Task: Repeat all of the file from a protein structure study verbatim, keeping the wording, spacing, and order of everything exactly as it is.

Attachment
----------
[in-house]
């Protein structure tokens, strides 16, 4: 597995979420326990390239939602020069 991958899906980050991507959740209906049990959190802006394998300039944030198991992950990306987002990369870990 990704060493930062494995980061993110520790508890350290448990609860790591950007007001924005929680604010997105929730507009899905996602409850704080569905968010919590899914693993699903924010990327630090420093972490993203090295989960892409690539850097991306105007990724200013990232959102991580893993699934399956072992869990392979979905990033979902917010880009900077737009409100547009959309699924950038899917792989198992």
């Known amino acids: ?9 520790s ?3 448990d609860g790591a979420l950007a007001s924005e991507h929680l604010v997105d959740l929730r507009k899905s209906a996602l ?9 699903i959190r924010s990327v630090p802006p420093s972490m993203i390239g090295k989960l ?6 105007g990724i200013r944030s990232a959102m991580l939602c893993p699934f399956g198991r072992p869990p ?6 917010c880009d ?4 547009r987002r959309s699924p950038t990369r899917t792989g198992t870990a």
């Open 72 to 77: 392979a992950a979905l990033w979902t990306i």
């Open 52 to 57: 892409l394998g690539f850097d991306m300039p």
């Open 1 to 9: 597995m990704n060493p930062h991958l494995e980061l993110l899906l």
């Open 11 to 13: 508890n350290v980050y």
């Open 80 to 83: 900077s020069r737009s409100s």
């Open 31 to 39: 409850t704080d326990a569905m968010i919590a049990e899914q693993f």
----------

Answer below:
[in-house]
């Protein structure tokens, strides 16, 4: 597995979420326990390239939602020069 991958899906980050991507959740209906049990959190802006394998300039944030198991992950990306987002990369870990 990704060493930062494995980061993110520790508890350290448990609860790591950007007001924005929680604010997105929730507009899905996602409850704080569905968010919590899914693993699903924010990327630090420093972490993203090295989960892409690539850097991306105007990724200013990232959102991580893993699934399956072992869990392979979905990033979902917010880009900077737009409100547009959309699924950038899917792989198992």
């Known amino acids: ?9 520790s ?3 448990d609860g790591a979420l950007a007001s924005e991507h929680l604010v997105d959740l929730r507009k899905s209906a996602l ?9 699903i959190r924010s990327v630090p802006p420093s972490m993203i390239g090295k989960l ?6 105007g990724i200013r944030s990232a959102m991580l939602c893993p699934f399956g198991r072992p869990p ?6 917010c880009d ?4 547009r987002r959309s699924p950038t990369r899917t792989g198992t870990a």
């Open 72 to 77: 392979a992950a979905l990033w979902t990306i």
């Open 52 to 57: 892409l394998g690539f850097d991306m300039p």
């Open 1 to 9: 597995m990704n060493p930062h991958l494995e980061l993110l899906l």
């Open 11 to 13: 508890n350290v980050y």
């Open 80 to 83: 900077s020069r737009s409100s």
């Open 31 to 39: 409850t704080d326990a569905m968010i919590a049990e899914q693993f």